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In Reconfiguring Modernism, Daniel R. Schwarz pursues the argument he has made in numerous studies of fiction for the mimetic valences and autobiographical impulses behind even the most hermetic of modernism’s visual texts. His theory that modern artists are “present in their works” may seem counterintuitive, especially when applied to [End Page 438] Cezanne and Klee, who both verged on pure abstraction. It is in the modernist painter’s attention to form, color, and rhythm, however, that he expresses “self consciousness and self awareness.” As in his treatment of Joyce, Conrad, Woolf, and Lawrence, Schwarz finds evidence that modernism’s “genetic code” is inscribed by artists such as Picasso and Cezanne to the degree that the viewer senses a “struggle with their subject.” Cezanne’s multiperspectival landscapes and Picasso’s quixotic portraits document their anxious confrontation with the problem of consciousness in motion. The act of telling a story or constructing a painting becomes central to the artist’s composition of his or her identity and is among the major determinants of the cultural configuration of modernism. By aiming for influences and affinities between writers and artists, Schwarz writes from the perspective of what W. J. T. Mitchell has called “ekphrastic hope.” Schwarz’s critical posture allows him to project narrative speculations onto paintings such as Matisse’s Dance series, and to claim that Eliot learned compositional theories of resolution of disparate images and how to include multiple viewpoints as much from Cezanne’s landscapes as from the philosophy of F. H. Bradley. Writing in the mode of “ekphrastic hope,” no fundamental difference exists on a semantic level between varieties of representation. Not denying the unique features of visual and verbal arts, Schwarz finds similarities and a common language in ways that all too often have been ignored. Perhaps the main point of his book is that language bridges generic differences.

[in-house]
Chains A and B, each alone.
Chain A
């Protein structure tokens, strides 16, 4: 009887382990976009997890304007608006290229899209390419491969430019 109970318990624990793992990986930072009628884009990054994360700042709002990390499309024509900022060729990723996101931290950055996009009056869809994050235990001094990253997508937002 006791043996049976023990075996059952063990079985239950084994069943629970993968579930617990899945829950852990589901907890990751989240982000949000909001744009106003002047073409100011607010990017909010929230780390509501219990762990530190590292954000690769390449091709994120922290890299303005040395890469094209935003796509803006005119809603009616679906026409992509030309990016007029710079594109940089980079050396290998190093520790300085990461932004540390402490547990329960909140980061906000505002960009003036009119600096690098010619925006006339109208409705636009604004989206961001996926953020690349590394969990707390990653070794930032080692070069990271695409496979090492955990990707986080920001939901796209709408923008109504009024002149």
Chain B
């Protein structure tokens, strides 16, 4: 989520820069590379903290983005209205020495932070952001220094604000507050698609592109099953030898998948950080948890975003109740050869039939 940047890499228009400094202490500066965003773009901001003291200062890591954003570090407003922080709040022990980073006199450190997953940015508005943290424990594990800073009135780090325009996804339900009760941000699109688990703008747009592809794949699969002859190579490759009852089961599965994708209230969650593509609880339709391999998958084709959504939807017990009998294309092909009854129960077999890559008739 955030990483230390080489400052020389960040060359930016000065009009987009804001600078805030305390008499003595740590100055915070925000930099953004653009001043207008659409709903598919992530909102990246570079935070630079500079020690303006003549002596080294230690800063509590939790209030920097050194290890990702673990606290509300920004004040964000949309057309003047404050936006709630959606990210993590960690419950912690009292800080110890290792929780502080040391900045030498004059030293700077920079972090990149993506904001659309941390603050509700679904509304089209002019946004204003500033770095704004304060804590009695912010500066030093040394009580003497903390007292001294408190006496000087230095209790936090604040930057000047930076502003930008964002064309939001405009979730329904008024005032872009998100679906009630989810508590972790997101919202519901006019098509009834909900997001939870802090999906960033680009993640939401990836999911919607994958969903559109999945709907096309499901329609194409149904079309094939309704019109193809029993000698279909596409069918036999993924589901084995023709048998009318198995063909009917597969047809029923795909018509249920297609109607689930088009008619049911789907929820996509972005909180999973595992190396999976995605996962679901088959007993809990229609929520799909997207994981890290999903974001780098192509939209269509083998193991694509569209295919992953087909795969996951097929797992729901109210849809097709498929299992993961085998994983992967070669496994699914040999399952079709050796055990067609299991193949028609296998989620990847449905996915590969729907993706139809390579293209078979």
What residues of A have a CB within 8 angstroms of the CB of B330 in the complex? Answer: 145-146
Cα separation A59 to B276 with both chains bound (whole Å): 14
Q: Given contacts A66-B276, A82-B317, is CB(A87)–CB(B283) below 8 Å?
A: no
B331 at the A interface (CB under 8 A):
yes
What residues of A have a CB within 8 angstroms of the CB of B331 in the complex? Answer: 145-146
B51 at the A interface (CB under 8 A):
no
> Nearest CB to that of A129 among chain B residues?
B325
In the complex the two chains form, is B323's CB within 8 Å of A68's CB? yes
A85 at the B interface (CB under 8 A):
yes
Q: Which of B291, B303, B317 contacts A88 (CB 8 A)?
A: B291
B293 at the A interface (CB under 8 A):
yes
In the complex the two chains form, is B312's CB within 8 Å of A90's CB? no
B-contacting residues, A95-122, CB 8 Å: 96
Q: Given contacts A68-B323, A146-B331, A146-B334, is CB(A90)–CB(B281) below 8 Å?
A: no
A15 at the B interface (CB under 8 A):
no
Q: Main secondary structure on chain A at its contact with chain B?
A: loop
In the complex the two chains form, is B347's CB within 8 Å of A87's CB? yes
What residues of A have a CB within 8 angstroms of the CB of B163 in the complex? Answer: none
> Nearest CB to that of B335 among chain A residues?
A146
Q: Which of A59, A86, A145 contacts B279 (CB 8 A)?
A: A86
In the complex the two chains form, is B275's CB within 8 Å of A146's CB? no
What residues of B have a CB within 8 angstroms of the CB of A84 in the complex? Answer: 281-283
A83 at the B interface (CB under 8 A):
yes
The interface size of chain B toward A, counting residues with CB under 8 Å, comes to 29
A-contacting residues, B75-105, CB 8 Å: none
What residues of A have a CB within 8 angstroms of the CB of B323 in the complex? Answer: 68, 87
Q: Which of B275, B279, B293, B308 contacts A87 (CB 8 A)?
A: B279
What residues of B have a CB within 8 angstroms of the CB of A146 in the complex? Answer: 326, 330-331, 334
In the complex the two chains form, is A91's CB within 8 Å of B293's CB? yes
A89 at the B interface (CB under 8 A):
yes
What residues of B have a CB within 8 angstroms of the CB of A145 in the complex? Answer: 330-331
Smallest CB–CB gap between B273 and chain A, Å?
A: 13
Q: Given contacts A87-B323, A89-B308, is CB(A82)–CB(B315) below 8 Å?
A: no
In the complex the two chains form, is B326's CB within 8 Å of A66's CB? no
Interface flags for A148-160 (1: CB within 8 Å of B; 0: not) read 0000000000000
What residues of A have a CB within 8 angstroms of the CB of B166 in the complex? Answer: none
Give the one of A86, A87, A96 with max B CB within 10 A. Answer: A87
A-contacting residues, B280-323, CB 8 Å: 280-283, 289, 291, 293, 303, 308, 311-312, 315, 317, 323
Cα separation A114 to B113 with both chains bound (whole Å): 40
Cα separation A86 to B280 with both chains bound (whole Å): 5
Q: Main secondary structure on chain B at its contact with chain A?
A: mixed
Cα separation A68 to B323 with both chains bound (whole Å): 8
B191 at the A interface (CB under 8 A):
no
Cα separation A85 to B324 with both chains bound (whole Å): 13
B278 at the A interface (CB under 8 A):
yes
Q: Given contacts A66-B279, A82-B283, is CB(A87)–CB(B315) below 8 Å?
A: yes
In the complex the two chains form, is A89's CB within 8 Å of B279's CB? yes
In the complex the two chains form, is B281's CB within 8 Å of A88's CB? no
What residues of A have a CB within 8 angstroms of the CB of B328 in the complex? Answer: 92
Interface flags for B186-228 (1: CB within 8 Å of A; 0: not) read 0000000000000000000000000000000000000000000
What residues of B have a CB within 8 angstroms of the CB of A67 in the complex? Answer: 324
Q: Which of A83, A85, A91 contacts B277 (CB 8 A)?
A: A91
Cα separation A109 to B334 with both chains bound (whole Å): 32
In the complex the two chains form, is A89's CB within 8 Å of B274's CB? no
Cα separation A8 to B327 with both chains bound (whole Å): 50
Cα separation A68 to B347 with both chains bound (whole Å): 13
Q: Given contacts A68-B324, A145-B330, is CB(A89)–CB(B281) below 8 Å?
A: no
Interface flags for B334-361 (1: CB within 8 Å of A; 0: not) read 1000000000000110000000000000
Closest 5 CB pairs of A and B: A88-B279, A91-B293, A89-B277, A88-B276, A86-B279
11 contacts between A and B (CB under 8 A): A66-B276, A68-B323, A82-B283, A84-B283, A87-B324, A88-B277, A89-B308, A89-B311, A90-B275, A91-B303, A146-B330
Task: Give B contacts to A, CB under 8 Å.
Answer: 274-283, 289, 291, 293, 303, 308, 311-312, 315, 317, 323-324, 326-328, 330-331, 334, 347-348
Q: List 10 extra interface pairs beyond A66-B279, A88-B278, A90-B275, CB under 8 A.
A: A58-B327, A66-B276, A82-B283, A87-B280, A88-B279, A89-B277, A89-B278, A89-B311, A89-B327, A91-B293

In his zeal for noticing influences and affinities that make up modernism’s “genetic code,” I did wonder if Schwarz allows readers sufficient room to express an “ekphrastic fear,” which is to say that he may not adequately concede the generic differences between the verbal and visual realms. Can we so easily “translate” the act of painting into the act of dancing, or playing a musical instrument, or writing a poem or a novel? Schwarz believes we can: “For modern painters the discovery of the possibilities of color is akin to the stress on adjectives in Modern literature; Gauguin is the Hopkins or Conrad of Modernism in his rediscovery of color as the means for differentiating things and emotions and as the source of energy in a painting.” Gauguin’s foregrounding of color and Conrad’s and Hopkins’s use of “color words” (adjectives) may serve analogous expressive functions, but the distinctions between the function of color in a painting by Gauguin or [End Page 439] Cezanne, and the use of adjectives in a novel by Conrad and a poem by Hopkins certainly demands equal critical attention. Similarly, by suggesting in “Searching for Modernism’s Genetic Code” that Picasso, Joyce, and Stevens were all responding and in part creating a modernist poetics through a focus on urbanity, fragmentation, parallax (the scientific theory of simultaneity), and a paradoxical emphasis on authorial presence and an openness to reader responsiveness, does not Schwarz disregard formal dimensions that he at other times wishes to emphasize in a period of anthropologically oriented criticism? Schwarz admits that Picasso wrote poetry and plays, and he offers a persuasive influence study in chapter 3 by arguing that Gauguin’s Tahitian journal Noa Noa may have inspired Conrad’s Lord Jim and Heart of Darkness. But if generic differences are of such limited importance in assessing the constitutive features of modernism’s “genetic code,” as Schwarz implies, then why do we primarily value Gauguin and Picasso as visual artists and disregard the lasting value of their poetry, plays, and journals?
Schwarz is at his best as a critic, teacher, and advocate for the value of modern painting when...